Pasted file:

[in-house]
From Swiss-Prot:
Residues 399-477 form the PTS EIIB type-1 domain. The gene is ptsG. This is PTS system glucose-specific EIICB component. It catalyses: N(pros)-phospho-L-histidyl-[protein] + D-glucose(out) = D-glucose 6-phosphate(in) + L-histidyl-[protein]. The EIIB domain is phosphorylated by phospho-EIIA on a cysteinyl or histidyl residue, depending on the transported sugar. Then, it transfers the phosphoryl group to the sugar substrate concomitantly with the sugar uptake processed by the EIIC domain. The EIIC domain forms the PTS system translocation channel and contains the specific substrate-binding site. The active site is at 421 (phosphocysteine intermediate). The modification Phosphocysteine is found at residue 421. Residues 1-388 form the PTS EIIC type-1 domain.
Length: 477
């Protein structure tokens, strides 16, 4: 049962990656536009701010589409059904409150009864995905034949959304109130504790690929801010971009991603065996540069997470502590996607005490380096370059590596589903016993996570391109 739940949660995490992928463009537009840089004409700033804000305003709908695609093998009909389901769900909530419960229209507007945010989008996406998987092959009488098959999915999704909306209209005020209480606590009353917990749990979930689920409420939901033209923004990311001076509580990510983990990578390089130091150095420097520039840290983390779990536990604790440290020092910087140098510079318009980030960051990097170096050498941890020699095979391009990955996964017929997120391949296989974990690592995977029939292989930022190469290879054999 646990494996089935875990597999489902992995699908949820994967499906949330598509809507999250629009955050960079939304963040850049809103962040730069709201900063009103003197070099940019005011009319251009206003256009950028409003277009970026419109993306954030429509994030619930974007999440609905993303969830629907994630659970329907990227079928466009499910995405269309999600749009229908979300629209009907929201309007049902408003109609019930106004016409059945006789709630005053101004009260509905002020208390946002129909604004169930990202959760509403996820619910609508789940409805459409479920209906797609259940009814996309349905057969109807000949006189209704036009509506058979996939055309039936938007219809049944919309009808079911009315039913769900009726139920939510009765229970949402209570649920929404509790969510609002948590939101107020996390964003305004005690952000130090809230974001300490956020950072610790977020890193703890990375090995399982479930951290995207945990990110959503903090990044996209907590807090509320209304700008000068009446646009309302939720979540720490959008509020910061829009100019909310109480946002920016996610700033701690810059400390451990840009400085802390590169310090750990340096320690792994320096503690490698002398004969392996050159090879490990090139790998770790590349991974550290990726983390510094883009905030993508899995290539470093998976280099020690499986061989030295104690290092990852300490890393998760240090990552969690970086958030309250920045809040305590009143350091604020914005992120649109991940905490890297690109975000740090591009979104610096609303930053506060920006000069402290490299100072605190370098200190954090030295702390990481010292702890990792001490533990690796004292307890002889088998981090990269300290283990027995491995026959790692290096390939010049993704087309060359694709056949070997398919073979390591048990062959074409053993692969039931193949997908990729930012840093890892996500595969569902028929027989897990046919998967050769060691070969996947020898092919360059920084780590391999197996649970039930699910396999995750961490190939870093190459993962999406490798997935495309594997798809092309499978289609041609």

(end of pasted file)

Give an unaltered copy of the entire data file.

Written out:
[in-house]
From Swiss-Prot:
Residues 399-477 form the PTS EIIB type-1 domain. The gene is ptsG. This is PTS system glucose-specific EIICB component. It catalyses: N(pros)-phospho-L-histidyl-[protein] + D-glucose(out) = D-glucose 6-phosphate(in) + L-histidyl-[protein]. The EIIB domain is phosphorylated by phospho-EIIA on a cysteinyl or histidyl residue, depending on the transported sugar. Then, it transfers the phosphoryl group to the sugar substrate concomitantly with the sugar uptake processed by the EIIC domain. The EIIC domain forms the PTS system translocation channel and contains the specific substrate-binding site. The active site is at 421 (phosphocysteine intermediate). The modification Phosphocysteine is found at residue 421. Residues 1-388 form the PTS EIIC type-1 domain.
Length: 477
């Protein structure tokens, strides 16, 4: 049962990656536009701010589409059904409150009864995905034949959304109130504790690929801010971009991603065996540069997470502590996607005490380096370059590596589903016993996570391109 739940949660995490992928463009537009840089004409700033804000305003709908695609093998009909389901769900909530419960229209507007945010989008996406998987092959009488098959999915999704909306209209005020209480606590009353917990749990979930689920409420939901033209923004990311001076509580990510983990990578390089130091150095420097520039840290983390779990536990604790440290020092910087140098510079318009980030960051990097170096050498941890020699095979391009990955996964017929997120391949296989974990690592995977029939292989930022190469290879054999 646990494996089935875990597999489902992995699908949820994967499906949330598509809507999250629009955050960079939304963040850049809103962040730069709201900063009103003197070099940019005011009319251009206003256009950028409003277009970026419109993306954030429509994030619930974007999440609905993303969830629907994630659970329907990227079928466009499910995405269309999600749009229908979300629209009907929201309007049902408003109609019930106004016409059945006789709630005053101004009260509905002020208390946002129909604004169930990202959760509403996820619910609508789940409805459409479920209906797609259940009814996309349905057969109807000949006189209704036009509506058979996939055309039936938007219809049944919309009808079911009315039913769900009726139920939510009765229970949402209570649920929404509790969510609002948590939101107020996390964003305004005690952000130090809230974001300490956020950072610790977020890193703890990375090995399982479930951290995207945990990110959503903090990044996209907590807090509320209304700008000068009446646009309302939720979540720490959008509020910061829009100019909310109480946002920016996610700033701690810059400390451990840009400085802390590169310090750990340096320690792994320096503690490698002398004969392996050159090879490990090139790998770790590349991974550290990726983390510094883009905030993508899995290539470093998976280099020690499986061989030295104690290092990852300490890393998760240090990552969690970086958030309250920045809040305590009143350091604020914005992120649109991940905490890297690109975000740090591009979104610096609303930053506060920006000069402290490299100072605190370098200190954090030295702390990481010292702890990792001490533990690796004292307890002889088998981090990269300290283990027995491995026959790692290096390939010049993704087309060359694709056949070997398919073979390591048990062959074409053993692969039931193949997908990729930012840093890892996500595969569902028929027989897990046919998967050769060691070969996947020898092919360059920084780590391999197996649970039930699910396999995750961490190939870093190459993962999406490798997935495309594997798809092309499978289609041609």